It’s 3 a.m. and I awake to sounds of water splashing. I am groggy, and somehow the sounds filter into my dream.

I’m on a boat and the waves are just lapping against the side as I drift aimlessly into the sunset. And then suddenly, I am yanked from the dream by a wet set of paws landing on the side of my head - my cat Harvey propels from my body. I bolt up and hear some skittering, and then the splashing starts again.

“Oh God,” I think. “The f-ing ceiling is leaking in the bathroom.” I walk into the bathroom expecting to see a mess on the floor, my face still wet from the attack.

I flip on the light to find Harvey, propped on the side of the toilet, ass in the air, splashing and swirling the toilet water with his front paws. I run to the sink and wash my face, while Harvey wraps himself around my ankles biting and kicking. My other cat, Eloise, begins to yowl because she, too, wants some attention.

I open a can of tuna and pour the juice into their bowls to distract them as I crawl back into bed. Jimi rolls over and puts his arms around me and whispers, “If we can do this, we’ll be totally fine when we have kids.”

Then, I question, in my sleepy state, the accuracy of his statement. This seems to be the predominant attitude of 20 somethings (gay and straight) who want a taste of what it is like to be responsible for another living thing, but aren’t quite ready for the leap into parenthood. I can’t go a day without a Twitter or Facebook update about so-and-so’s new pet.

Whereas I used to scroll tirelessly through Facebook pictures taken at frat parties and dive bars, I’m suddenly looking at my old friend’s new cat in a tiara. As we grow older, and perhaps a little wiser, we open our homes and hearts to fuzzy companions to test the waters for what’s to come.

In these instances, it seems that the biggest risk we are facing is beginning to treat these little place holders as though they are real living, breathing humans. We risk the possibility of turning into those people who dress their dogs to match themselves and set a place at the dinner table for their cat.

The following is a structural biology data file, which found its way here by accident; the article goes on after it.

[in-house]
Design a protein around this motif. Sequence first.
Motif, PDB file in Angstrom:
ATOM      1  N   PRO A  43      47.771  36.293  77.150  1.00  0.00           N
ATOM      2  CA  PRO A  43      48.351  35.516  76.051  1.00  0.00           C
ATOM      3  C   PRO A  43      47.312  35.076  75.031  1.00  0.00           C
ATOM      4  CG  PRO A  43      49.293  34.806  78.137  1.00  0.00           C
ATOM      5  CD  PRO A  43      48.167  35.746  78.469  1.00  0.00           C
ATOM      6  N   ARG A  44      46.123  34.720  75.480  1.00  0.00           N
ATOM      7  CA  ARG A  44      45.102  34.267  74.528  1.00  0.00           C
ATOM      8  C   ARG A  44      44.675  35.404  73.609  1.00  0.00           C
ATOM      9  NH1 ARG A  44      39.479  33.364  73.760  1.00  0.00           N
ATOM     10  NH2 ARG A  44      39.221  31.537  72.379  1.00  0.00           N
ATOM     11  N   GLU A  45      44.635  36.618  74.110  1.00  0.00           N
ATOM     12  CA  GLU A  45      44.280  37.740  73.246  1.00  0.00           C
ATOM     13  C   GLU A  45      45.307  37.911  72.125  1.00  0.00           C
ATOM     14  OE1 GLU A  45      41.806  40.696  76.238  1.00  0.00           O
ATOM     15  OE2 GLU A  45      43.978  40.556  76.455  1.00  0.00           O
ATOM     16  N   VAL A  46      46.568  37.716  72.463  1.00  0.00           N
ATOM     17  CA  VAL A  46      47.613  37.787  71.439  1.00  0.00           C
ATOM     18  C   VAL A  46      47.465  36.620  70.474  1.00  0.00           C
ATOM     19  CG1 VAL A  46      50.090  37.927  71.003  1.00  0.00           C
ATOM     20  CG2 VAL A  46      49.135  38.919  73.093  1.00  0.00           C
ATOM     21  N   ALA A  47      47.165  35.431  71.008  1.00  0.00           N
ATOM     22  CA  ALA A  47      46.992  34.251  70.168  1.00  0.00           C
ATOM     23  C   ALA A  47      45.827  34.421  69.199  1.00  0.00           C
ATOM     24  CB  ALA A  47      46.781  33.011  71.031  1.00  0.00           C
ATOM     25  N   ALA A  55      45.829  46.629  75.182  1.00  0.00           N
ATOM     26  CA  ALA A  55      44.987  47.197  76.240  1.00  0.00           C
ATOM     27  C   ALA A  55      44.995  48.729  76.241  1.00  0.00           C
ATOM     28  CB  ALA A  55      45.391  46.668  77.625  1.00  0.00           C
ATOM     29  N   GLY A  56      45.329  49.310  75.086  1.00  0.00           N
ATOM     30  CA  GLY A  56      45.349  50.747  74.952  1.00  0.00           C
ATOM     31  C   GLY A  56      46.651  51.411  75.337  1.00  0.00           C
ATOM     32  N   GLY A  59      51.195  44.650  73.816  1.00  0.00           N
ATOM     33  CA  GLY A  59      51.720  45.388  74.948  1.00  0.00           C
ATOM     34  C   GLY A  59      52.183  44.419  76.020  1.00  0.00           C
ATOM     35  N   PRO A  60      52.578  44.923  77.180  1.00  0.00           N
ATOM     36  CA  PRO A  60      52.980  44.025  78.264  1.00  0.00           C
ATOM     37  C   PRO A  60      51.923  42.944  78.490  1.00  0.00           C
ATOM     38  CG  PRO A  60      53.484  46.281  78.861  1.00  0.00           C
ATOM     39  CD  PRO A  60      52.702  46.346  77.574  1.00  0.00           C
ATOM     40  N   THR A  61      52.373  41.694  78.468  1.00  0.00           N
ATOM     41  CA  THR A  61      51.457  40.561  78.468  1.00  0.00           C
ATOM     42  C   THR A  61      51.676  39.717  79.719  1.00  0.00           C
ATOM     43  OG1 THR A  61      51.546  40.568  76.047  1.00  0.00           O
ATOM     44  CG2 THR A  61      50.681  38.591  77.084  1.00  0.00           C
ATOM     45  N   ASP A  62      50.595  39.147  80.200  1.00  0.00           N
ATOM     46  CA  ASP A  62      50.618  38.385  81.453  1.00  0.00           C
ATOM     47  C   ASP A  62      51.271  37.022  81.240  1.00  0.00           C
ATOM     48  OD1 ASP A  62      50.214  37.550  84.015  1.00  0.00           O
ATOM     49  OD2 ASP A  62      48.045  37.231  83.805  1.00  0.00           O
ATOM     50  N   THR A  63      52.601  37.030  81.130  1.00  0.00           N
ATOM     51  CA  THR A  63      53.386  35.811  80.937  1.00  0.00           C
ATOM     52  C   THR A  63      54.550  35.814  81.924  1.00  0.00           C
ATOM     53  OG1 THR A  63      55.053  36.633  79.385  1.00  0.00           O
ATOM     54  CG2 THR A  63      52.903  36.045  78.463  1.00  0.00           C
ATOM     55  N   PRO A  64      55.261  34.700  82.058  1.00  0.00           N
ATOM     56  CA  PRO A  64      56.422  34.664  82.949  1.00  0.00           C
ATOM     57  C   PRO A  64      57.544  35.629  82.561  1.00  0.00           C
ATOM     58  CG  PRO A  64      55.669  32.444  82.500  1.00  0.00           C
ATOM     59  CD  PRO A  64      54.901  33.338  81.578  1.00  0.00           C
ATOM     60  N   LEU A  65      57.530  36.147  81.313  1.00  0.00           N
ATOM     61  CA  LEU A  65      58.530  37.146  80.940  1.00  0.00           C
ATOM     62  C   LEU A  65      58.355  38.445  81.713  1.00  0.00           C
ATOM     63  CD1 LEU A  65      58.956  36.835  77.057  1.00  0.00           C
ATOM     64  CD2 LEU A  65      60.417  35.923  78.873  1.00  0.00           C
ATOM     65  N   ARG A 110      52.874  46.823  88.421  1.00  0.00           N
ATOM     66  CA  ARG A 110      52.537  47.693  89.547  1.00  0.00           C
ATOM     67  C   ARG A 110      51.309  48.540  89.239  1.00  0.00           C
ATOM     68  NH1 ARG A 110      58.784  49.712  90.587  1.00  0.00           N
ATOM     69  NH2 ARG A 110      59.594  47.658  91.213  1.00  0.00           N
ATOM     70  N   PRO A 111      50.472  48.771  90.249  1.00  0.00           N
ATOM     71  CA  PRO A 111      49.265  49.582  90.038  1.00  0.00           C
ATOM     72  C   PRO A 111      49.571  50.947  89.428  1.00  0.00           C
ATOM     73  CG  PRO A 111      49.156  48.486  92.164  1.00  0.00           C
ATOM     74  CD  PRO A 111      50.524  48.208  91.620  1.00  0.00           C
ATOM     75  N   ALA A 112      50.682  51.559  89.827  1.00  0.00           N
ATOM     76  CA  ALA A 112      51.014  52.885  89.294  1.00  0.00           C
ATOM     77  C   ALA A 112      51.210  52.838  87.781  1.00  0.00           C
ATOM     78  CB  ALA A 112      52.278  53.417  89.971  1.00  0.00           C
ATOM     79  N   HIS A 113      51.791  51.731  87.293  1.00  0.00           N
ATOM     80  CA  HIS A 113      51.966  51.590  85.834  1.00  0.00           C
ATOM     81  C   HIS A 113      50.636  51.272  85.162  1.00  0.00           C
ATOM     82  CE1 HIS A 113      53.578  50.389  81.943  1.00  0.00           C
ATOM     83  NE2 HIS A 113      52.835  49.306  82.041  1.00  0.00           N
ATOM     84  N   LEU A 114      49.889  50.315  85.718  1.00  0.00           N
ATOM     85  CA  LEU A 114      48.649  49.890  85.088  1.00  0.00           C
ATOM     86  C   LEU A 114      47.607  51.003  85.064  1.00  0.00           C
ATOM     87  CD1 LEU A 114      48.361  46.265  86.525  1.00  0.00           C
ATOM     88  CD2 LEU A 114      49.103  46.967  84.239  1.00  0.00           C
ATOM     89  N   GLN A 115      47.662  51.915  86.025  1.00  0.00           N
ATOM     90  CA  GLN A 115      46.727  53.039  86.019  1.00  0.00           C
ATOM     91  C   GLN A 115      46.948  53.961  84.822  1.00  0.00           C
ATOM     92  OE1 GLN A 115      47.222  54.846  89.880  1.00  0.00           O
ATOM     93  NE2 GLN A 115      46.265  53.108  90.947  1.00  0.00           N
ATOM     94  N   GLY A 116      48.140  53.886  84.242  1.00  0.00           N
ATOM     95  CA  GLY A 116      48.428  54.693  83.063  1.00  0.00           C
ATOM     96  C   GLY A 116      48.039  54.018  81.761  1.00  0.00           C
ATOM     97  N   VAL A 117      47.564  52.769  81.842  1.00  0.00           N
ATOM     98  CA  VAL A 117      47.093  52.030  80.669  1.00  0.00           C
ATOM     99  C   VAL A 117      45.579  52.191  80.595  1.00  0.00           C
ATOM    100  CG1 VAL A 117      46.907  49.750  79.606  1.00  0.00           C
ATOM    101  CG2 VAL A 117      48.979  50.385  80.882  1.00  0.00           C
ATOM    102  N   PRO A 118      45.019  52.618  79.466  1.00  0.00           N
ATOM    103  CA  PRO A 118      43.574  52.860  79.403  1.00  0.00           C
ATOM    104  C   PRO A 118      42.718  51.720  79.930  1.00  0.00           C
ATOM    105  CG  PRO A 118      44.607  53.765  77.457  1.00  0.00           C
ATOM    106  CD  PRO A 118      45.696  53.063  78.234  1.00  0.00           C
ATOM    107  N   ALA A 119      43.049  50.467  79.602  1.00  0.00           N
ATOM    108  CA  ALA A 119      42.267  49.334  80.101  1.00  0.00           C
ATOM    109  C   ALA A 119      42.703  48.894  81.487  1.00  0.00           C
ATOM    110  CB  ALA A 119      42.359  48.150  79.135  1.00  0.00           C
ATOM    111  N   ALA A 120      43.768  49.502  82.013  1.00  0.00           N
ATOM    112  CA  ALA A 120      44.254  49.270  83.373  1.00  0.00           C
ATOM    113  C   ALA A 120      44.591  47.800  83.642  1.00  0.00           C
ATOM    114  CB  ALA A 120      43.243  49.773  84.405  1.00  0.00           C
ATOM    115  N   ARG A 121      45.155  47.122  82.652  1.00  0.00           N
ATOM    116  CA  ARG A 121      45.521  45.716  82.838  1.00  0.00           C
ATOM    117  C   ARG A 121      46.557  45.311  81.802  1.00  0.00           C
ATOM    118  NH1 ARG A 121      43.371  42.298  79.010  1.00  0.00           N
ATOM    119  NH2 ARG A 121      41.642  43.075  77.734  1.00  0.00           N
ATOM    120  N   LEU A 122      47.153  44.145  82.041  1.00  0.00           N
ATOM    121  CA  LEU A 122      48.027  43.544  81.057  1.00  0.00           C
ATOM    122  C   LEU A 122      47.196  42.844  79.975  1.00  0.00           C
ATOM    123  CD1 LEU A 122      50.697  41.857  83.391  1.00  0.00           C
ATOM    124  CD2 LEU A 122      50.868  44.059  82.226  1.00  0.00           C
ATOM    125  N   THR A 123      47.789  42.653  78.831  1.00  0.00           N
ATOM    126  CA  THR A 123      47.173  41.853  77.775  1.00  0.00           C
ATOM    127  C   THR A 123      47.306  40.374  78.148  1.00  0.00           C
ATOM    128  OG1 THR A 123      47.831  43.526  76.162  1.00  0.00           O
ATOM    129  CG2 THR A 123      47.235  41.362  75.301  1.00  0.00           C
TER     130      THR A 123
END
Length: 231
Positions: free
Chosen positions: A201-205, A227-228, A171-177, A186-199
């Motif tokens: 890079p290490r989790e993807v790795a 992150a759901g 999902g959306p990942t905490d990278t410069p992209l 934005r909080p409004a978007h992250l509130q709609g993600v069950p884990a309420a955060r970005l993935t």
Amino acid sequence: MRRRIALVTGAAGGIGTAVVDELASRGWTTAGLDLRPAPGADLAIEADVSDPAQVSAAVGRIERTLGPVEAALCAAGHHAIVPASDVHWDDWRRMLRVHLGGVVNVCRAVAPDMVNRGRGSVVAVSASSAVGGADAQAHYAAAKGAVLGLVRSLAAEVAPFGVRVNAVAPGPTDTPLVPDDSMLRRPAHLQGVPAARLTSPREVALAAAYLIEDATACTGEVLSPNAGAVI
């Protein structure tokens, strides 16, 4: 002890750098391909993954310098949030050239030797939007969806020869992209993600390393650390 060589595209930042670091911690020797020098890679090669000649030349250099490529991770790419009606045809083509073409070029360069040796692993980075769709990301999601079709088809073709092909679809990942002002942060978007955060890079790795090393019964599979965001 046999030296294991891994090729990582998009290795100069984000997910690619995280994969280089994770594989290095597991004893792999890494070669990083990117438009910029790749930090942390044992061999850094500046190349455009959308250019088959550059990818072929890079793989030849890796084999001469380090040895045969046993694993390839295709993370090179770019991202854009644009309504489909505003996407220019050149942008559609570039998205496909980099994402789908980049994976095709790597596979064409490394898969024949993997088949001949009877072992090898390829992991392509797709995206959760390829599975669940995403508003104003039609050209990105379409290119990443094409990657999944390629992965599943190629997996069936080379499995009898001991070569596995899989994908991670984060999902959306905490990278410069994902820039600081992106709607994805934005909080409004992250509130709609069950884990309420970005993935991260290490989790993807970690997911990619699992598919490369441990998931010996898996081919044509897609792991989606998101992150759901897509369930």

I have friends whose dogs have designer car seats. I have a friend who is training her cat to use the toilet. My mother keeps her “empty nest syndrome” at bay by cooking our family dog (who has been in therapy for social anxiety disorder) healthy dinners of rice and veggies. I knew a girl once who never wanted her dog to be “naked,” so she made her sleep in pajamas.

Once at a party, her brother took the dog’s party dress off as a joke, and the girl threw a full bottle of salsa at his head. I no longer associate with this girl for obvious reasons.

The trick is finding the right balance between a pet lover, and a pet-crazed lunatic. The trick is giving love, and enjoying your animals, without being someone who throws puppy parties and wears t-shirts boasting your favorite breed. We need to learn to hone in our love, to create relationships with our furry friends that are based in reality.

After all, if this is a practice run, and we’re dressing our dogs in fairy costumes for a trip to the grocery store, our poor kids to come are in some pretty serious trouble.

Photo courtesy of Red Bull

Red Bull Unlocked Nashville


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Photo courtesy of Rumble Boxing Gulch Nashville

Rumble Boxing Gulch, Nashville


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Post-Covid travel planning

Who would have thought that we would have to get through a pandemic in order to appreciate the small things we have, such as the ability to simply pack our bags and hit the road?

For two years, there’s been nothing left for us travel junkies to do but sit at home and try to find new destinations that we will conquer once we defeat what appears to be the biggest villain of the 21st century. But once that happens, hold your bags tight because we will be up for some of the most interesting travel experiences. Take a look at some ideas for your post-COVID traveling plans:

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